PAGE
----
1975 – Liam McMillan (48), then a member of the Official Irish Republican Army (OIRA), was shot dead by the People’s Liberation Army (PLA) in the continuing feud between the OIRA and the INLA.

1977 – A series of personal attacks on one another by leading figures such as Enoch Powell, James Molyneaux, and Ian Paisley, illustrated the growing disagreement within unionism on the issue of the planned United Unionist Action Council (UUAC) strike.

1977 – Secretary of State, Roy Mason, announced that the Harland and Wolff shipyard in Belfast was to receive an order worth some £70 million to construct two liquid gas carriers.

1981 – The private secretary of Pope John Paul II paid a visit to Bobby Sands in Long Kesh Prison, however, was unable to persuade him to end his hunger strike. Secretary of State for Northern Ireland, Humphrey Atkins, stated that: ‘If Mr Sands persisted in his wish to commit suicide, that was his choice. The government would not force medical treatment upon him.’ In the United States, President Ronald Reagan, said that America would not intervene in the situation in Northern Ireland but he was ‘deeply concerned’ at events there.

1988 – A Thames Television documentary, Death on the Rock, about the deaths of the Irish Republican Army (IRA) members (Daniel McCann, Mairead Farrell, and Sean Savage) in Gilbraltar on 6 March 1988 was screened. Sir Geoffrey Howe, British Foreign Secretary, unsuccessfully tried to have the programme banned.

1992 – A Catholic civilian, Philomena Hanna (26), was shot dead by the Ulster Freedom Fighters (UFF), a cover name (pseudonym) used by the Ulster Defence Association (UDA), at her place of work – a chemist shop on the Springfield Road, west Belfast. There was widespread condemnation at the killing of a woman whose work meant that she delivered medical supplies to both communities in the area.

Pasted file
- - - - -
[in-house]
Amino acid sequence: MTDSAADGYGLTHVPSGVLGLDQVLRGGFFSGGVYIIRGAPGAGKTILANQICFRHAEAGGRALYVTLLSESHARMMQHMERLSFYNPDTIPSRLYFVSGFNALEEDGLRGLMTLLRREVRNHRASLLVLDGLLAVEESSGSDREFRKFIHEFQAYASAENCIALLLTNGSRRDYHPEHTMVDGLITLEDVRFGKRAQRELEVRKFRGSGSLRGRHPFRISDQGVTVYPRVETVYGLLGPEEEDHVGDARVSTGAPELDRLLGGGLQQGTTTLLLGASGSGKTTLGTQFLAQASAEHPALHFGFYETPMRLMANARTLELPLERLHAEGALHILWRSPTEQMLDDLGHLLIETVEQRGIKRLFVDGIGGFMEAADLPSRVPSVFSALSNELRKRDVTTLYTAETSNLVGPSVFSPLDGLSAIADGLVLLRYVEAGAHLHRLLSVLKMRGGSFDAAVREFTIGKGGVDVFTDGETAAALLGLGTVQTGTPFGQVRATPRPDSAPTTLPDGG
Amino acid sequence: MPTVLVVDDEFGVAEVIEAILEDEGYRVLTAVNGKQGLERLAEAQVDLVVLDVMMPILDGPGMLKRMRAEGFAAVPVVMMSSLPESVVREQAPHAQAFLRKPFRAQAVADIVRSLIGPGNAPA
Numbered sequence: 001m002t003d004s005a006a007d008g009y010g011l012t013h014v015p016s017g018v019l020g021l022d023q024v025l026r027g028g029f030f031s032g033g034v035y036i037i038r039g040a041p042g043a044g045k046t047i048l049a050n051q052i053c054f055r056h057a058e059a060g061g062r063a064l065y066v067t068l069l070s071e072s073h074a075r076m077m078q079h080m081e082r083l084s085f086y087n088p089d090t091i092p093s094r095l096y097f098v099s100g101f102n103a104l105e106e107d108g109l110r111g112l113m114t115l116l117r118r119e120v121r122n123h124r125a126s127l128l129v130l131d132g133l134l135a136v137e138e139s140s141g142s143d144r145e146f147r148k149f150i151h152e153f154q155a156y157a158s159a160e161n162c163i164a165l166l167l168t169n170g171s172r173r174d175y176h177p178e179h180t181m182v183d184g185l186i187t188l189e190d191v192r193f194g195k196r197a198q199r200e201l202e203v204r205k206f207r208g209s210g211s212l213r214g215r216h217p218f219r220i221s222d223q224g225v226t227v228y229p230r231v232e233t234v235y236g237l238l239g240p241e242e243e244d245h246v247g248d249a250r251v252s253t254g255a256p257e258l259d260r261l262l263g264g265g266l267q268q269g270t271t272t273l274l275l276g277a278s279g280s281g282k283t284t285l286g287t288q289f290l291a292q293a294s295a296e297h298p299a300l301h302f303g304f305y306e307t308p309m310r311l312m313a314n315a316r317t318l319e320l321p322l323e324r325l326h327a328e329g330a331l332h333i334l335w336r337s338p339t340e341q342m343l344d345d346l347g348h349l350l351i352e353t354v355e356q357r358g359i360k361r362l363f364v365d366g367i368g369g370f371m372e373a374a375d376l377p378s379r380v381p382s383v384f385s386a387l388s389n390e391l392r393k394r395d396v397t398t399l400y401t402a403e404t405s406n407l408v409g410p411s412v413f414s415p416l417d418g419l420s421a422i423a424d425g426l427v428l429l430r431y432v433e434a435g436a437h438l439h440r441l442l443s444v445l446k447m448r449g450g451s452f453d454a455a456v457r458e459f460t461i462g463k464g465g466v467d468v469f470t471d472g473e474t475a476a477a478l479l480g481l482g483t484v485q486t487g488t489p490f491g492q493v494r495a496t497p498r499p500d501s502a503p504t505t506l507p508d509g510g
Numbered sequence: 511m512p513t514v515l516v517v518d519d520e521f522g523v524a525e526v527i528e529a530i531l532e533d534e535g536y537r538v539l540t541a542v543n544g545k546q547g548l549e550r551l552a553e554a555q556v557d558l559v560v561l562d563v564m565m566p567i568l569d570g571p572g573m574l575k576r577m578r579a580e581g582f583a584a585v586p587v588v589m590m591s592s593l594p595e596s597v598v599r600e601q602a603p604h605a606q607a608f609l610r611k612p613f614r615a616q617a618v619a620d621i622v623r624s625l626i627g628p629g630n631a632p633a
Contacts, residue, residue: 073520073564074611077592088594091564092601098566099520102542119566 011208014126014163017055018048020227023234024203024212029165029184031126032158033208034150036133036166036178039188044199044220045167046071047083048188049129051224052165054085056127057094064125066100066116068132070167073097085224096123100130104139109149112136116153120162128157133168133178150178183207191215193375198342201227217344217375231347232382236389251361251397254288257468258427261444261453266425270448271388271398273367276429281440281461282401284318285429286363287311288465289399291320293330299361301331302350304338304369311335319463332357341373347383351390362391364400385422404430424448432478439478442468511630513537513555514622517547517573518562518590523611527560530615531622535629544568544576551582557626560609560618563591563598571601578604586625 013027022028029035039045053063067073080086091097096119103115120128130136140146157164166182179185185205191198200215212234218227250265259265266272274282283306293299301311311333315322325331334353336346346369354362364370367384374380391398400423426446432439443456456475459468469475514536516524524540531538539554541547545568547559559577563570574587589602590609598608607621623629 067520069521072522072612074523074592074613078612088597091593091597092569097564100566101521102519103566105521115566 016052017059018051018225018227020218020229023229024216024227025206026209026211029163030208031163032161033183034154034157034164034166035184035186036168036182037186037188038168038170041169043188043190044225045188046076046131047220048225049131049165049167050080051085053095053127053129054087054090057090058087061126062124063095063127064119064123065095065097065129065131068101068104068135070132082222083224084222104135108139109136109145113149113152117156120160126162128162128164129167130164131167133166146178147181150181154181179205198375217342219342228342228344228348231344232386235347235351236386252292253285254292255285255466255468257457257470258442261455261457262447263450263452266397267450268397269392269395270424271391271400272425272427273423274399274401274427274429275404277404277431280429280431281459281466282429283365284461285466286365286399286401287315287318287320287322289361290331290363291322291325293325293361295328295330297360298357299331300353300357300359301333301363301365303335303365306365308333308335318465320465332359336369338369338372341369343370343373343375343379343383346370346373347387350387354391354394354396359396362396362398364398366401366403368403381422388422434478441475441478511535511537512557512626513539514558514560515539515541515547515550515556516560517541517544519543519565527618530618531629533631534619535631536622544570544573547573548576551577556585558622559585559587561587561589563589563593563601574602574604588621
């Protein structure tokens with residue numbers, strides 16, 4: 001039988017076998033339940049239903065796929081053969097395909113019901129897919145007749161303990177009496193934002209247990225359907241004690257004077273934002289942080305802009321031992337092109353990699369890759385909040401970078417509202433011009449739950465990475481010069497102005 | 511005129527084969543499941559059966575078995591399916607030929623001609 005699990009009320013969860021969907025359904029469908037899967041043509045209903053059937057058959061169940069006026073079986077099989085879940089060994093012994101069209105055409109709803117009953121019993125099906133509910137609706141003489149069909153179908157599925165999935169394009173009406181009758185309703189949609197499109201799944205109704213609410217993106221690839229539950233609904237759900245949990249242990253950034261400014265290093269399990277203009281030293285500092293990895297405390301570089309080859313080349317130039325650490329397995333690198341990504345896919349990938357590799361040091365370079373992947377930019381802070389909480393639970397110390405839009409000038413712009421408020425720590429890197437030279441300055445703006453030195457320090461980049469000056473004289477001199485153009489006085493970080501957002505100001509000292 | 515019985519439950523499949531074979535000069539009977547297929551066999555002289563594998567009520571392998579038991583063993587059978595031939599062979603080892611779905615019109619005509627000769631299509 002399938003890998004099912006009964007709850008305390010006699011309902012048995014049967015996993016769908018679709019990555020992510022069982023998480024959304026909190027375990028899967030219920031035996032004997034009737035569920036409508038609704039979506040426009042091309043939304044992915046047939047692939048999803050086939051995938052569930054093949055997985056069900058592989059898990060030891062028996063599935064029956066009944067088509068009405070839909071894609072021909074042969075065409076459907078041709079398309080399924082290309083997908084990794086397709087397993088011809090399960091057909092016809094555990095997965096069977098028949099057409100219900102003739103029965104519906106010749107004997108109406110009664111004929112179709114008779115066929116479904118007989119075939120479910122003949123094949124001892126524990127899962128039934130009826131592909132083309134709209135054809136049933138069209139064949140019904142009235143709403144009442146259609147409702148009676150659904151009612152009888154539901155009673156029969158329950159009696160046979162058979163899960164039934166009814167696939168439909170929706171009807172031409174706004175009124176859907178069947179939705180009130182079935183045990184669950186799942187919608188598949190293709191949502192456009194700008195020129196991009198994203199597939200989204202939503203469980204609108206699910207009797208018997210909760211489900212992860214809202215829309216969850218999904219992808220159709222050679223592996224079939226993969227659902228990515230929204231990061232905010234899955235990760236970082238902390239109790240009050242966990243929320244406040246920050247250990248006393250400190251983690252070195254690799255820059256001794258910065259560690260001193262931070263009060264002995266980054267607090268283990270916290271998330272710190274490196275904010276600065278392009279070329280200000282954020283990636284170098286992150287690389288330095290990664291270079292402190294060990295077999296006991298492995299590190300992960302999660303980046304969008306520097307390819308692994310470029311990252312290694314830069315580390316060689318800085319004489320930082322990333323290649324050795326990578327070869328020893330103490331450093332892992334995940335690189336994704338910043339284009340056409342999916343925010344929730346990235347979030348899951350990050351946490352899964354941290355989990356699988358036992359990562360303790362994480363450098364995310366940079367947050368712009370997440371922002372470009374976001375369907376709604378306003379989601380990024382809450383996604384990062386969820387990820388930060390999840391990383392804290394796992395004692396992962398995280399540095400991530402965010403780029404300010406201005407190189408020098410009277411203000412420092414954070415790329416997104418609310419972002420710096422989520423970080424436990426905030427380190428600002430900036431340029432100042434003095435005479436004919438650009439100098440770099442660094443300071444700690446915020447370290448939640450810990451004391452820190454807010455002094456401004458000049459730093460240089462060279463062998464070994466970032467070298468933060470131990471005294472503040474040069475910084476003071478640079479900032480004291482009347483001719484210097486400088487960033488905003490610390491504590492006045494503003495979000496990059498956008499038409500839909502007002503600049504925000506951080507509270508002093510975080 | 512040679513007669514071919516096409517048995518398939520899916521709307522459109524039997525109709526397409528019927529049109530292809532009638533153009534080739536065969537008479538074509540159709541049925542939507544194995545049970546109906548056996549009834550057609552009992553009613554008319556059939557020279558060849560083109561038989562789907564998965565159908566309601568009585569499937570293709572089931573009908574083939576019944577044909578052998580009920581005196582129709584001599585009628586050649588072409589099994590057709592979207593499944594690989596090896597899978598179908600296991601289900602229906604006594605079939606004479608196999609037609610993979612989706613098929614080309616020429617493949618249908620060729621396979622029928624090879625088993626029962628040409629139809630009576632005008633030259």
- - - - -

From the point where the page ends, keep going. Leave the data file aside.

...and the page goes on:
1992 – Death of artist, Francis Bacon. Born in Dublin, he was known for his bold, grotesque, emotionally charged and raw imagery.

1993 – Leader of the Democratic Unionist Party (DUP), Ian Paisley, said that he would not enter new political talks.

1994 – The Iranian Chargé d’Affaires was summoned to the Foreign Office, London, to explain claims that the government in Iran was planning to supply the IRA with arms and money.

1995 – A Catholic civilian, Michael Mooney (34), was shot dead while in the ’18 Steps Bar’, Ann Street, Belfast. Although no organisation claimed responsibility it was generally believed that the IRA had carried out the killing. It was alleged that Mooney was involved in drug dealing and this was the reason why he had been shot. A number of other men were killed by the IRA during the year. The RUC issued a statement on 20 December 1995 about the killings.

1995 – There was a ceremony in Dublin to commemorate all Irishmen who died in the two world wars. The ceremony was attended by: Taoiseach John Bruton, Secretary of State for Northern Ireland Patrick Mayhew, Security Spokesman of the Ulster Unionist Party (UUP) Ken Maginnis, and leader of the Alliance Party of Northern Ireland (APNI) John Alderdice. Tom Hartley, Chairman of Sinn Féin (SF), also attended the ceremony.